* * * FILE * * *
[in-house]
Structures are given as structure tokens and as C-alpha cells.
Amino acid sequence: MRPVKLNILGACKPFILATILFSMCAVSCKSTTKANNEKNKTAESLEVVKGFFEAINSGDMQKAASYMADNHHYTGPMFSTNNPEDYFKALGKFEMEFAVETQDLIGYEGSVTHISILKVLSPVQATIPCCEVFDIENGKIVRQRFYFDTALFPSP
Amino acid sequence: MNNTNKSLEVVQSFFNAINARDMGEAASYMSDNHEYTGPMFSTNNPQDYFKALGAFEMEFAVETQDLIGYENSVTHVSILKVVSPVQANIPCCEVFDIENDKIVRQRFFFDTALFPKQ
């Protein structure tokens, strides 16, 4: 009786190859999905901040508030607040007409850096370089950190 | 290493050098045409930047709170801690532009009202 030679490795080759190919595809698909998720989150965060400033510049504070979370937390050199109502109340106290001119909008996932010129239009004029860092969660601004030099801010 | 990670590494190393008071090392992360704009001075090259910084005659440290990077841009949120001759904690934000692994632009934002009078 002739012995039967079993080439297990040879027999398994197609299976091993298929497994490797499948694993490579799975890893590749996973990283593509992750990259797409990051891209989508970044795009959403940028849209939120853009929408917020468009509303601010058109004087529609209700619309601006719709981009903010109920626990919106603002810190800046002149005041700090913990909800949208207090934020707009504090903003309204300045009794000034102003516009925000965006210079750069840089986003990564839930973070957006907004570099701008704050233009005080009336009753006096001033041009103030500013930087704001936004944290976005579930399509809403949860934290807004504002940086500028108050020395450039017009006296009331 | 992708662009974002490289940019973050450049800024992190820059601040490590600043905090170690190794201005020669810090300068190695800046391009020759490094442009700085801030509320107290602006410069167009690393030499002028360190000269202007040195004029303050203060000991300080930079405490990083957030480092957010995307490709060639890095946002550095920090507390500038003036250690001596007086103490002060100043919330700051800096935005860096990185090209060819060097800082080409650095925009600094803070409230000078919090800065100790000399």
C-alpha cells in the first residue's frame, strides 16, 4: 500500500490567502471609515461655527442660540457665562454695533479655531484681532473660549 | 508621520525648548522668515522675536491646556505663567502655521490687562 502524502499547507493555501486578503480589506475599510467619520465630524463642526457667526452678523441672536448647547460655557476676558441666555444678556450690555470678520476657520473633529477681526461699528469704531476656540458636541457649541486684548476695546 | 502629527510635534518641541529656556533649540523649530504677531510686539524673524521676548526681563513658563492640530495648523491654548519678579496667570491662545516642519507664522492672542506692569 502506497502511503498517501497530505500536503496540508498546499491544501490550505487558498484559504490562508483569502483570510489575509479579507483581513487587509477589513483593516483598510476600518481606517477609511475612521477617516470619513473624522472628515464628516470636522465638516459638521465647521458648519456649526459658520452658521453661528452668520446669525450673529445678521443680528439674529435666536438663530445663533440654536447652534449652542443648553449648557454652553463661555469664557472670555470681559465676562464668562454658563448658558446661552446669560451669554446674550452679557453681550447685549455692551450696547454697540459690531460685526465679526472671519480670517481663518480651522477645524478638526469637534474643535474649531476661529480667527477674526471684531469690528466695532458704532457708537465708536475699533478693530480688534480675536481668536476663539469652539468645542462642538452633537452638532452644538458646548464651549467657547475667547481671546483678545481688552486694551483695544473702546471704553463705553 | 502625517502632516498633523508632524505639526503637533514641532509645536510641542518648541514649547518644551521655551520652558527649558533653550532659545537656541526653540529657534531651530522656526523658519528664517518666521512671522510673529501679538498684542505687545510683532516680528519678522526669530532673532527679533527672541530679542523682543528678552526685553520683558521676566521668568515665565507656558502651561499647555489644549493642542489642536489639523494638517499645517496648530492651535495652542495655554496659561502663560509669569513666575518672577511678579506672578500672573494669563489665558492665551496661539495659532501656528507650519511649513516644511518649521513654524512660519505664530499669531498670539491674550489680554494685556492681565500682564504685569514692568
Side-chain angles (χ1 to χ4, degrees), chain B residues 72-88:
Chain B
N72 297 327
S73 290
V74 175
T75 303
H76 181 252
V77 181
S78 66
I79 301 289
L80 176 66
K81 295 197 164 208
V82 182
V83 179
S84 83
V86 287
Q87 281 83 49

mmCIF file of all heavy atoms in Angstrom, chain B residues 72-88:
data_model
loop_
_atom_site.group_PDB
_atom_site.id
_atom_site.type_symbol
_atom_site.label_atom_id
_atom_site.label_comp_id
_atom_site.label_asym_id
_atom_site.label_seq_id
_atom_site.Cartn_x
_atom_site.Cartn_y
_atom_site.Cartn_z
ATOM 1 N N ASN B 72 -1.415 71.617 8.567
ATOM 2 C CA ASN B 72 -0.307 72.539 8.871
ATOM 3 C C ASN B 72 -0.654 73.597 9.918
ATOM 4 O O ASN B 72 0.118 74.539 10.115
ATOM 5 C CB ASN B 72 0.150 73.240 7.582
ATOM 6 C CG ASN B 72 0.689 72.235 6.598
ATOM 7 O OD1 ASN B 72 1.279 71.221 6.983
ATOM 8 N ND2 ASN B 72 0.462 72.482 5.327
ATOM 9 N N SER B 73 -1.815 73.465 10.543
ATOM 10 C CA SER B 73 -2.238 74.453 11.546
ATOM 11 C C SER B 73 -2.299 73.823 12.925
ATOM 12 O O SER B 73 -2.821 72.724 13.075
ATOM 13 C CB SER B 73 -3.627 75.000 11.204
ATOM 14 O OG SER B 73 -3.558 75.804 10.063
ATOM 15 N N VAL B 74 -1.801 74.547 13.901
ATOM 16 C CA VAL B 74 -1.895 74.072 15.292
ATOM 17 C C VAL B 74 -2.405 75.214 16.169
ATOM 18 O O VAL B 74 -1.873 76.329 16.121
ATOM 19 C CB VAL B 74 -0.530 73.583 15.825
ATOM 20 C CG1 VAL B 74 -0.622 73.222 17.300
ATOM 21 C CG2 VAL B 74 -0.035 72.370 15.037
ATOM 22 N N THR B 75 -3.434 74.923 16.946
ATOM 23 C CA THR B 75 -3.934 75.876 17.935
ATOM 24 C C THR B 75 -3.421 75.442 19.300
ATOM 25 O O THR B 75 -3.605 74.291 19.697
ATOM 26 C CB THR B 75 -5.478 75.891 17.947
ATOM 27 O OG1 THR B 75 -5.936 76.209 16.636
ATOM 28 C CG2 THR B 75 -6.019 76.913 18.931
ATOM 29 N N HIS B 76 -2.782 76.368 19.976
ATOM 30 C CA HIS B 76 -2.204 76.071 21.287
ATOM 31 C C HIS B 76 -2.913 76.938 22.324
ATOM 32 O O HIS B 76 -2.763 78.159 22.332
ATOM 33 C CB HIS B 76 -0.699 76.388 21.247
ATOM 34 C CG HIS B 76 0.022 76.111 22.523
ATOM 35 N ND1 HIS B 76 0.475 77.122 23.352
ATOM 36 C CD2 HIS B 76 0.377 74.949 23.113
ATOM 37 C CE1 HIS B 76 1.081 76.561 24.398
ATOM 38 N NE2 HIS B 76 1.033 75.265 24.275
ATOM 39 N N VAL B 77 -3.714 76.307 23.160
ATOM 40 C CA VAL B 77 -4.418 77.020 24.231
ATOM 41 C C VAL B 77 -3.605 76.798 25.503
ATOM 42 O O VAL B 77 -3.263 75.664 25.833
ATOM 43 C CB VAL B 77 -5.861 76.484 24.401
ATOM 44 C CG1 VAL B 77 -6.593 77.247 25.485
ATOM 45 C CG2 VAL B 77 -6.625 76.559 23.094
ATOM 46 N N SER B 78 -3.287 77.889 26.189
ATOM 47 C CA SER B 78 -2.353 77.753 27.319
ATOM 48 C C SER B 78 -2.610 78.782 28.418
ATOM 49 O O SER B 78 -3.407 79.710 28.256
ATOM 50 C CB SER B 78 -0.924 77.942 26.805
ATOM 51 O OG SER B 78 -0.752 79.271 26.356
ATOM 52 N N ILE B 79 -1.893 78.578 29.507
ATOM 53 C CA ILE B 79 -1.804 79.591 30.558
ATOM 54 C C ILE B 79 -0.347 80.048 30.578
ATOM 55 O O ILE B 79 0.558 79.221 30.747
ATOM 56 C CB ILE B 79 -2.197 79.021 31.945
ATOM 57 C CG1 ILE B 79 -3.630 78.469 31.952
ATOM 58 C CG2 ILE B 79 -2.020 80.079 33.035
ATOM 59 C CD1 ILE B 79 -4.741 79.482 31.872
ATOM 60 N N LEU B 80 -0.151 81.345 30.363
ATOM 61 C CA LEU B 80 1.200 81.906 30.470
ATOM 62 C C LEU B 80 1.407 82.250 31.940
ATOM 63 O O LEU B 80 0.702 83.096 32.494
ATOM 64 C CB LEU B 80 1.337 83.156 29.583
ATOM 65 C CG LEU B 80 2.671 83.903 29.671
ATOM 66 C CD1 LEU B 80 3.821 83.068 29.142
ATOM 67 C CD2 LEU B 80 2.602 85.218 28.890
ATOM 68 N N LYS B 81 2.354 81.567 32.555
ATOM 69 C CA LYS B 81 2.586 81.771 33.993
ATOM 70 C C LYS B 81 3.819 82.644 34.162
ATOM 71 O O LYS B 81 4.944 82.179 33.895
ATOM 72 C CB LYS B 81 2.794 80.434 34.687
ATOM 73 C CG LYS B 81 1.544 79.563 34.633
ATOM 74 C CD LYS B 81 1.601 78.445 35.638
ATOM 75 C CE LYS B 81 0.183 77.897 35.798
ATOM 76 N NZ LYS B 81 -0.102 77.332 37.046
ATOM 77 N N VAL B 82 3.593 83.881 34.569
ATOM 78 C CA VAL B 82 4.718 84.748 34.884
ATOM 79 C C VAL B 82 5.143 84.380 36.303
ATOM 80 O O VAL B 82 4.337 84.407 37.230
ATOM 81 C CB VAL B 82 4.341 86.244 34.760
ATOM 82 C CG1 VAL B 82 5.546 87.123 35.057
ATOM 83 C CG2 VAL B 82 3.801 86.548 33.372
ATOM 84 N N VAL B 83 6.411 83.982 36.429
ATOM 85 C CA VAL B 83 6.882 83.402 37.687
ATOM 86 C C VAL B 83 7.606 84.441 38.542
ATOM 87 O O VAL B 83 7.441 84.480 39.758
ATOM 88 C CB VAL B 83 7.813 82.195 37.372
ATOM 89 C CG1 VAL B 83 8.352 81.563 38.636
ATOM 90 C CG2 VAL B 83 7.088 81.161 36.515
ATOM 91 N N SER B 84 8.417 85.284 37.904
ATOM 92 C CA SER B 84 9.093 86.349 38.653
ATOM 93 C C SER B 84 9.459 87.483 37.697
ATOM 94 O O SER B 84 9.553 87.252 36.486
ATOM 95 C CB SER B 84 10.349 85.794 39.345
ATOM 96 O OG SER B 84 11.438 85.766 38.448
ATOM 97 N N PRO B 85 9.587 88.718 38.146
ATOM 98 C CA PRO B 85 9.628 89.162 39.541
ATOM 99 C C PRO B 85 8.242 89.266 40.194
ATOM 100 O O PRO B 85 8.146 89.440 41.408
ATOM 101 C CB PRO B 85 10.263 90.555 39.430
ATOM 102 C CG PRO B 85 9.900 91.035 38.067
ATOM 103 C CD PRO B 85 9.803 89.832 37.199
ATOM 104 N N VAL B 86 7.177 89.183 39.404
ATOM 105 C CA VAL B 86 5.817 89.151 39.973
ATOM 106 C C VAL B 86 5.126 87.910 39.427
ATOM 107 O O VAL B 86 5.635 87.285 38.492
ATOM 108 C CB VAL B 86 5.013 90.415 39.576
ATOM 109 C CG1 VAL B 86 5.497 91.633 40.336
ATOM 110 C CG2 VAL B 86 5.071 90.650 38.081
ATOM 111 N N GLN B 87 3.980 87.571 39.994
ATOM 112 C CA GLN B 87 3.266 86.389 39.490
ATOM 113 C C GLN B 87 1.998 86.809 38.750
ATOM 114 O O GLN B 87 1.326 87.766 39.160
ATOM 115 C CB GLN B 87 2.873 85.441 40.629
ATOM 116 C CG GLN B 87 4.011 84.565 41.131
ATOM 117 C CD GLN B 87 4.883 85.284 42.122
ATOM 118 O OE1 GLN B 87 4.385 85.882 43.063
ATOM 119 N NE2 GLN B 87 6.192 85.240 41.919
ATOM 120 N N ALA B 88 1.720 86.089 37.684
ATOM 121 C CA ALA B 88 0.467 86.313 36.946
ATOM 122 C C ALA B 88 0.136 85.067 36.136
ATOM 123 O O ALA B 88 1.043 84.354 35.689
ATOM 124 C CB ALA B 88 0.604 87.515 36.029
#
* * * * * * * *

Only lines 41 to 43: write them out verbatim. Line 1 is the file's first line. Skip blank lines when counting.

ATOM 5 C CB ASN B 72 0.150 73.240 7.582
ATOM 6 C CG ASN B 72 0.689 72.235 6.598
ATOM 7 O OD1 ASN B 72 1.279 71.221 6.983